Andrew Daws

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Sexual dimorphism in body size (sexual size dimorphism) is common in many species. The sources of selection that generate the independent evolution of adult male and female size have been investigated extensively by evolutionary biologists, but how and when females and males grow apart during ontogeny is poorly understood. Here we use the hawkmoth, Manduca(More)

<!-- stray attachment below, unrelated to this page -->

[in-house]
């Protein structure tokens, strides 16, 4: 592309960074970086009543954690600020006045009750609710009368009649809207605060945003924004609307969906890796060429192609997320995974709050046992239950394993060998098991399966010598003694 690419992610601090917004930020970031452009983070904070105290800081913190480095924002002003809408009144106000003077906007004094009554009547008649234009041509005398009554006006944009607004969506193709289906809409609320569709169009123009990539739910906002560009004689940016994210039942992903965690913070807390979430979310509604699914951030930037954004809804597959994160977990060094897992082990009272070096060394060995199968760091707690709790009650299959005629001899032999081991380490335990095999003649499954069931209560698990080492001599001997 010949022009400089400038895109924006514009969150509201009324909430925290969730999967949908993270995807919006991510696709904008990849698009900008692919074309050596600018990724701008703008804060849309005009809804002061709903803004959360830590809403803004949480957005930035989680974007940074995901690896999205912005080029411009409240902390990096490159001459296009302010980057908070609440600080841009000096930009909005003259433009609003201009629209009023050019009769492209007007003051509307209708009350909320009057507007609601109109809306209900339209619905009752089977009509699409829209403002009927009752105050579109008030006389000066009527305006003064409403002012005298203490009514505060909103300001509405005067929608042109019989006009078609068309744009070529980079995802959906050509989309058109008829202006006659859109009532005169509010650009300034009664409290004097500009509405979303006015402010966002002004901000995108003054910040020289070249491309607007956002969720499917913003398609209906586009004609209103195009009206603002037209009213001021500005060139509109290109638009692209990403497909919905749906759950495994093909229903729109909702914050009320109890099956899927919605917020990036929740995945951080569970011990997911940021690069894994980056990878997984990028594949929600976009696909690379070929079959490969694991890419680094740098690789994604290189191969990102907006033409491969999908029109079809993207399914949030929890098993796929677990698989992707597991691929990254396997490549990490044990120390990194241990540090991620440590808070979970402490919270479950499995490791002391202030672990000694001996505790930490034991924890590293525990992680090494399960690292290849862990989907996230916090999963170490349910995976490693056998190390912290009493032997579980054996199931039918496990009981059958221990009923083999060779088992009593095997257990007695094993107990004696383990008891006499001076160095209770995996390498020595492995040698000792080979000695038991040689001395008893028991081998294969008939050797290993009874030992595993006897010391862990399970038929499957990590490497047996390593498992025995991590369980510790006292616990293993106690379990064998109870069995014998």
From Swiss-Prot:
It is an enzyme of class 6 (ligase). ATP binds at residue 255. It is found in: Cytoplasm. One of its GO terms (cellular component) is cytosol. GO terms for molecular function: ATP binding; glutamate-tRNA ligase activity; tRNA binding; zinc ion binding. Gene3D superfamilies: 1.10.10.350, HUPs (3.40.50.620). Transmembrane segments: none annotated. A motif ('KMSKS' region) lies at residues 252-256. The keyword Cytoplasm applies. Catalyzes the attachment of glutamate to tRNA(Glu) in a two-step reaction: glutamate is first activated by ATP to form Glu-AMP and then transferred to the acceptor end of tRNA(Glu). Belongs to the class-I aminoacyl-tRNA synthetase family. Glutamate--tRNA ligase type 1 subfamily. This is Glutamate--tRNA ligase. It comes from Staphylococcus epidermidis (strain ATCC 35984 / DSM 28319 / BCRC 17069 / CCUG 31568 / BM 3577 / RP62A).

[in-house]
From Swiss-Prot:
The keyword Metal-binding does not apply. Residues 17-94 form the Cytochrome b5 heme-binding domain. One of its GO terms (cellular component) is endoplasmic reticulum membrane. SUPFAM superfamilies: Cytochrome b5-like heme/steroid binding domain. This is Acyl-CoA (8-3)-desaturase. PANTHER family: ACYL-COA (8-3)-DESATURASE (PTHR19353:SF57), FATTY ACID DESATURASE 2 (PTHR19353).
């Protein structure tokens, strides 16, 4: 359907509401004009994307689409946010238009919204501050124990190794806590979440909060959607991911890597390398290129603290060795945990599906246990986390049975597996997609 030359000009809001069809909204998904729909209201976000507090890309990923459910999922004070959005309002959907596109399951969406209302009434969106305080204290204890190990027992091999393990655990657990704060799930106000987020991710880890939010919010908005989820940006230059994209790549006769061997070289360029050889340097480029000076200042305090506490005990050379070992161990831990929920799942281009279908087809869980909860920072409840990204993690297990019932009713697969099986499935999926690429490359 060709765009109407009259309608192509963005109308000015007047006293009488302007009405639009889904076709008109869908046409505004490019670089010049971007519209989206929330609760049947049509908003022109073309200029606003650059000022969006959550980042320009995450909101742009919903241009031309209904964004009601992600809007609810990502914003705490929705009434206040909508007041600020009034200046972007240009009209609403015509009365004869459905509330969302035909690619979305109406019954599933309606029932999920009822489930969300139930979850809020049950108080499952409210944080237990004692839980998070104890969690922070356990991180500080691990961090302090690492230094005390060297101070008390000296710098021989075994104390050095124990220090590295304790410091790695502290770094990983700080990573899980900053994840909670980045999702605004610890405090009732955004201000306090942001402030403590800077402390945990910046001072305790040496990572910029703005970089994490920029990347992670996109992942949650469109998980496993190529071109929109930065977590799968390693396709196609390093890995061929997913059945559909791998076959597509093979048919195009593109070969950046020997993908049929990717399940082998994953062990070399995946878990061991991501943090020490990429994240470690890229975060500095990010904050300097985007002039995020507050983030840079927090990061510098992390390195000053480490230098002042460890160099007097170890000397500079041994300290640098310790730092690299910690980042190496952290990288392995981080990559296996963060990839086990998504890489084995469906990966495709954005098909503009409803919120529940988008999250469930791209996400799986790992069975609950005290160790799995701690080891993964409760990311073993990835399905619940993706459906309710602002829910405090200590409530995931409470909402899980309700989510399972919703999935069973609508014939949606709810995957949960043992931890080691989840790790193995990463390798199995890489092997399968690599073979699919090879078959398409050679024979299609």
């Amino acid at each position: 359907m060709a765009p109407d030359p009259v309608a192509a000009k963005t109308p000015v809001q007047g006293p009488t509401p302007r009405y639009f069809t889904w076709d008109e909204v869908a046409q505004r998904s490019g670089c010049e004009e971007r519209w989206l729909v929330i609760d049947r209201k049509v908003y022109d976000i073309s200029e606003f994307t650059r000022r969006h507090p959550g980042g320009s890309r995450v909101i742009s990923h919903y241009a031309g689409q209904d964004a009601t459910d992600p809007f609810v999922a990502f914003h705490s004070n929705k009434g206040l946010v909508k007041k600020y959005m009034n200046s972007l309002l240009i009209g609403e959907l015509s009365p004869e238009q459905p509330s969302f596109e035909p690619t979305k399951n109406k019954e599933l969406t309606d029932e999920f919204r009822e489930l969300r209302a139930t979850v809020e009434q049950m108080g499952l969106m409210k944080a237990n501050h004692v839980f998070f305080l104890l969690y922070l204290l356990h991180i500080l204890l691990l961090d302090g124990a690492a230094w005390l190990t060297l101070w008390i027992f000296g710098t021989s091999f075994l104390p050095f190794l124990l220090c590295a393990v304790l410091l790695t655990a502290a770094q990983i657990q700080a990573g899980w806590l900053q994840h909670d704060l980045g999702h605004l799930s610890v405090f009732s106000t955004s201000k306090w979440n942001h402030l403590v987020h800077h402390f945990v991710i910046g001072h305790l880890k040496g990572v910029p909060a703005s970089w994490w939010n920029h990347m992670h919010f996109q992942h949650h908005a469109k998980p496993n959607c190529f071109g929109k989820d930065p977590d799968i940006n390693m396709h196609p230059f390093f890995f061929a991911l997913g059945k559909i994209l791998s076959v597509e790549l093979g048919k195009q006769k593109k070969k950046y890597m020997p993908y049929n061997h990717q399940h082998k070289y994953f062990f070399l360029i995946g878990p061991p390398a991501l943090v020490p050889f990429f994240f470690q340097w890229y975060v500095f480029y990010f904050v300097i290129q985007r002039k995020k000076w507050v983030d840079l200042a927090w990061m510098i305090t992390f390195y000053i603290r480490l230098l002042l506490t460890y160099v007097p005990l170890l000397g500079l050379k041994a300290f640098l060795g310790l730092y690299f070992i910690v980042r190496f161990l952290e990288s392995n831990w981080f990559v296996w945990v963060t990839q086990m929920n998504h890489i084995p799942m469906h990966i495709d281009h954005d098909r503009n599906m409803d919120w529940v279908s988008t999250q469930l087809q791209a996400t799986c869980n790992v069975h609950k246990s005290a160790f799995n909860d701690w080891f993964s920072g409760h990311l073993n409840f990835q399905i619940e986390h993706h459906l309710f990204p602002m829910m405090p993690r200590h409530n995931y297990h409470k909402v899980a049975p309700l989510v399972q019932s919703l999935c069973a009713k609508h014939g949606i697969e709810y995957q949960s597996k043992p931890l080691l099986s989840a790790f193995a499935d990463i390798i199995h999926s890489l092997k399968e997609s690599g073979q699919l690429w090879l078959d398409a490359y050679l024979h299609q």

Recordings were made from the nerve innervating the stretch receptors of the abdominal muscle receptor organs and slow extensor muscles of tethered crayfish, Cherax destructor, during so-called “non-giant swimming”. The stretch receptors were active during the flexor phase of swimming but the duration and pattern of activity varied from cycle to cycle.(More)
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